Our last post focused on how to own your online presence, but also equally important is monitoring what other people are saying about you online. Whether you’re a company, a freelancer, or just an individual who wants to be more active online, it’s important to gauge both the amount of activity and the sentiment surrounding your brand online.

At Domain.com, we’ve jumped in head-first to social monitoring, and while we are the first to admit that we’ve still got more to learn, here are some of the keys to our methods:

Start with Twitter

If you’re being talked about online, chances are the place that will provide the most immediate and highest volume of content is Twitter. First off, make sure you have a Twitter account. If you don’t, it severely limits your ability to respond to real-time social interaction, which makes social monitoring somewhat pointless in the first place.

Next, start using Twitter search. It’s an incredibly powerful tool, and will only continue to get better as Twitter grows. Search for your brand, related terms, competitors, and other relevant terms. For example, some of the searches we run include Domain.com, domaindotcom, domaincom, domain, @domaindotcom, and other variants. This will give you a good indication of who is talking about you on Twitter, how many people are talking about you, and what they’re saying.

The Best of the Rest

Twitter is a great start in monitoring the real-time web. However, there are many other places to pick up on your brand mentions. Here are some of the others that can return valuable search results:

Friendfeed is an aggregator where users can integrate Twitter, Blogs, and other social profiles into one online stream.

Facebook continues to move towards being a more open social network, and its search functionality is increasing. Soon you’ll be able to search the status updates of all Facebook users who elect to have their profile information public.

Social Bookmarking Sites such as Digg, Reddit, or Delicious are a good place to search to get a good sense of your brand’s relevance and authority online.

Question/Answer Sites such as Yahoo Answers allow you to search through all the questions being asked to see if anyone has questions about your brand.

Social Search Tools such as Oneriot or WhosTalkin can provide interesting insights and uncover some search results you might otherwise not stumble across. They aggregate searches from a variety of the smaller and larger social networks available.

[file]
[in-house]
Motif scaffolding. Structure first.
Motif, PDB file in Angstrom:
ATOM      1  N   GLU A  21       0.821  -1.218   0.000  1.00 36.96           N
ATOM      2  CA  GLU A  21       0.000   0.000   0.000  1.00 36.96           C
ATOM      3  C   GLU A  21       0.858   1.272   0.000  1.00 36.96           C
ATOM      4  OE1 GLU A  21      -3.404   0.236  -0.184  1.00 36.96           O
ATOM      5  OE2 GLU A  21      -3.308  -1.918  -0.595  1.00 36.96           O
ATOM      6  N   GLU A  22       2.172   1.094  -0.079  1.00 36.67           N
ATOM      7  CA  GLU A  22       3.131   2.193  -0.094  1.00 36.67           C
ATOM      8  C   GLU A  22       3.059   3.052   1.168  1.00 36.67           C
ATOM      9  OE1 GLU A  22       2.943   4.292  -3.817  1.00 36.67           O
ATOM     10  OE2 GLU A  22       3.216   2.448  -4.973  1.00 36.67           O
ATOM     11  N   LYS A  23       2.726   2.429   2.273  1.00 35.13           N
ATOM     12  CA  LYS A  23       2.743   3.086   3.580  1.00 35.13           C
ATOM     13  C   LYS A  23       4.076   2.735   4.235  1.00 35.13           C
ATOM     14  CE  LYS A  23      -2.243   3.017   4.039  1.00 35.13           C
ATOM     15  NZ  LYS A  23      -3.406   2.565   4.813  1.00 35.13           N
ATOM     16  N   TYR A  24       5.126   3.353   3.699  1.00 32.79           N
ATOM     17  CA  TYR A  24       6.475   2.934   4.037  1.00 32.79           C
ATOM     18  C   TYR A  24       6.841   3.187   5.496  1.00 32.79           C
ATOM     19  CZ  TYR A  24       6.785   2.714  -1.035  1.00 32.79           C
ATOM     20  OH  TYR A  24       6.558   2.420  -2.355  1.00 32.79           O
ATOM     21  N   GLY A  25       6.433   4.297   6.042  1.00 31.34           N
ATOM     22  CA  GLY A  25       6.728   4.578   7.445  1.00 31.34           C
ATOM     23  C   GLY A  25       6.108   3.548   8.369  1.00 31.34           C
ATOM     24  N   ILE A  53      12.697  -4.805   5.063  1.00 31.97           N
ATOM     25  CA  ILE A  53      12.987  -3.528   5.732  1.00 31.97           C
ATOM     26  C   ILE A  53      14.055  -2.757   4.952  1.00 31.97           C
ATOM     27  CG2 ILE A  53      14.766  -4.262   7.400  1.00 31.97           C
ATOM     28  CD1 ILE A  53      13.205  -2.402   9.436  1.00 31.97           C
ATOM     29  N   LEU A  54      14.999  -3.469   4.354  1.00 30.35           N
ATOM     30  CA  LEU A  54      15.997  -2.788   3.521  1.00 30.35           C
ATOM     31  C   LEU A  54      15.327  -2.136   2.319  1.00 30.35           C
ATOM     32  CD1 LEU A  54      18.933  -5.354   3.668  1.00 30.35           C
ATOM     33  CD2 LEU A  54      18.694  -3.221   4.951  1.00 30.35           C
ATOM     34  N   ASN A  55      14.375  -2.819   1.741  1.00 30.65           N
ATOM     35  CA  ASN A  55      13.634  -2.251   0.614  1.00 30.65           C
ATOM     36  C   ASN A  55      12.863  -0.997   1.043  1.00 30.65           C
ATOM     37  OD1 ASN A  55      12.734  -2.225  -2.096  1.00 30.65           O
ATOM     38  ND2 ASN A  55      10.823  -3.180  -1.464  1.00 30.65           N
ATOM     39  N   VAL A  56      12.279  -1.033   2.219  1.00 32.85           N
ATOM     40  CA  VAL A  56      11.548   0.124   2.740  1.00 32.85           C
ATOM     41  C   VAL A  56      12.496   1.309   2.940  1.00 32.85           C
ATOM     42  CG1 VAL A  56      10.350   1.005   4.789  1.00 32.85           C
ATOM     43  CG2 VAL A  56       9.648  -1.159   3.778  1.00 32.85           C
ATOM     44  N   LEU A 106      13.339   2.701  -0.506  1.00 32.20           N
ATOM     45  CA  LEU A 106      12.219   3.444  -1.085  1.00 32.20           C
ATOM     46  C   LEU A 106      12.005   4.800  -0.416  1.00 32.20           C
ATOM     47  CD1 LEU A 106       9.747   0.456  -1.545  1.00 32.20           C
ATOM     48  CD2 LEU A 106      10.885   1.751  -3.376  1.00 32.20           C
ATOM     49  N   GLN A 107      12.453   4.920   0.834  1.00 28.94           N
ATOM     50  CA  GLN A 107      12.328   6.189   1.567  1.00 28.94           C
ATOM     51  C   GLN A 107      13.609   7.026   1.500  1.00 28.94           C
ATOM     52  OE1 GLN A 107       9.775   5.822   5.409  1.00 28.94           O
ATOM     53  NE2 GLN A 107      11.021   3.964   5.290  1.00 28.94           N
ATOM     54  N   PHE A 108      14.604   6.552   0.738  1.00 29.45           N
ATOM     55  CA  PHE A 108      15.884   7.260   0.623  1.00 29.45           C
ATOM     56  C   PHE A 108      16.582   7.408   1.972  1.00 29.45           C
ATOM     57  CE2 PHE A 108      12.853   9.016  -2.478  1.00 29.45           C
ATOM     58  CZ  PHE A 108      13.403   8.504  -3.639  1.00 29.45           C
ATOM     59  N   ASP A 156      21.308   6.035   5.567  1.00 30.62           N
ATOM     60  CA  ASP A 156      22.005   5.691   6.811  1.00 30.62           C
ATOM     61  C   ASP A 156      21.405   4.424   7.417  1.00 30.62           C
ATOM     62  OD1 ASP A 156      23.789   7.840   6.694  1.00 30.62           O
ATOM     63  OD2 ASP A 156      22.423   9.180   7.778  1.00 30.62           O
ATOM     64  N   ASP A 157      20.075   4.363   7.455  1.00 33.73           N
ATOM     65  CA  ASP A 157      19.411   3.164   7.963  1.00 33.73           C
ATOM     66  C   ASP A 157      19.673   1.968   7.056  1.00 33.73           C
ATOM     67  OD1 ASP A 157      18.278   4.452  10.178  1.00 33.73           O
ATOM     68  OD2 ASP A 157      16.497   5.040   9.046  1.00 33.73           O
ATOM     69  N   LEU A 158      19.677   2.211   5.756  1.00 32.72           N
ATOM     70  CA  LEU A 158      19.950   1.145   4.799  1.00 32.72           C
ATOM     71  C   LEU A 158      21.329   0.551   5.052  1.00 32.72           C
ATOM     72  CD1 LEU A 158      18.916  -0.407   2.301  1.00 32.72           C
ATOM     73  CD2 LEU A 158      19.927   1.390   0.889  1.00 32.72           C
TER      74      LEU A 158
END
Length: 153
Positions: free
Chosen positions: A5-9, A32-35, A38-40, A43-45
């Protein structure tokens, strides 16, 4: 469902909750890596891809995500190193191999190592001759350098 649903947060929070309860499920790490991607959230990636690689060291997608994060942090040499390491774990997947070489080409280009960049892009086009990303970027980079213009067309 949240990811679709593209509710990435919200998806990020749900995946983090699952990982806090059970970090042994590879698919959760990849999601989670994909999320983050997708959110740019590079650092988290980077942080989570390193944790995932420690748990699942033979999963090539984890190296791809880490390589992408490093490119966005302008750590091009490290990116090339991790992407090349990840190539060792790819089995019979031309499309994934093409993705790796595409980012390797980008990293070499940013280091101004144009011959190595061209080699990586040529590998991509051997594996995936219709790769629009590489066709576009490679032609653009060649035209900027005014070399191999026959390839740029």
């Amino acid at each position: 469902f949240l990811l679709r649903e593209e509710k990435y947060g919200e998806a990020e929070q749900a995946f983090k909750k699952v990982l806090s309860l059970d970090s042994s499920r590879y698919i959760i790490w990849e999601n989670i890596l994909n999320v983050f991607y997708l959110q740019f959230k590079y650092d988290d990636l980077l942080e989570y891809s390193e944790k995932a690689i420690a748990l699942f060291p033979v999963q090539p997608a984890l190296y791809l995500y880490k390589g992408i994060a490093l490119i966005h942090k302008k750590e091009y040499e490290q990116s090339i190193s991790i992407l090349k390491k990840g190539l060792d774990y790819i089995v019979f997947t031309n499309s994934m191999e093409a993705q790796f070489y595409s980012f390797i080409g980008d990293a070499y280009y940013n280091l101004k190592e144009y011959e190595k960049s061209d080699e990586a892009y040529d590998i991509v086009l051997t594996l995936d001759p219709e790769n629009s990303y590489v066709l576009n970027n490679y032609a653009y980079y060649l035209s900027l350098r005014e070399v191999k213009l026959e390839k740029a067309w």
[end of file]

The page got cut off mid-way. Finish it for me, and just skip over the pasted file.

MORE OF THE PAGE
Check for Comments

Forums and comments on blogs are still common methods of discussion, and there are some great tools to search blogs and forums across the entire internet.

Boardreader searches numerous message boards and forums acrosss the internet.

Omgili is another useful forum search that often returns fewer results than Boardreader, but also different ones from time to time.

Backtype is a highly useful blog comment search tool, as is Icerocket.

Google is Your Friend

Google is great for everything that isn’t covered by one of the above tools. Make sure you set Google Alerts for terms you want to follow. Use Google News and Google Blog Search to find news articles and blog posts that include a mention of the terms you want to follow.

This is all starting to sound like a lot of work, right? Numerous searches at well over a dozen websites can add up to a good amount of time involvement, even if you’re efficient about it. Once again, Google offers a great solution: Google Reader. If you look closely at all the search results pages on various social sites, nearly all of them include a link to that search as an RSS feed. Set up an RSS reader, add each of your various searches to the reader, do some organizing, and suddenly you’ve got all of your searches delivered automatically right to you! This way, rather than performing searches once a day or even multiple times daily, you can let your RSS reader do all the work for you.

Does it Matter?

Social networking and social search is becoming an increasingly important way that internet users browse the web, get feedback, and ultimately find you. Social monitoring is not as easy as simply typing your name into Google to check search results, but it can provide a valuable and much more time-sensitive view of what’s going on relevant to your brand on the internet. It’s definitely worth it to take the time to check in on the social web.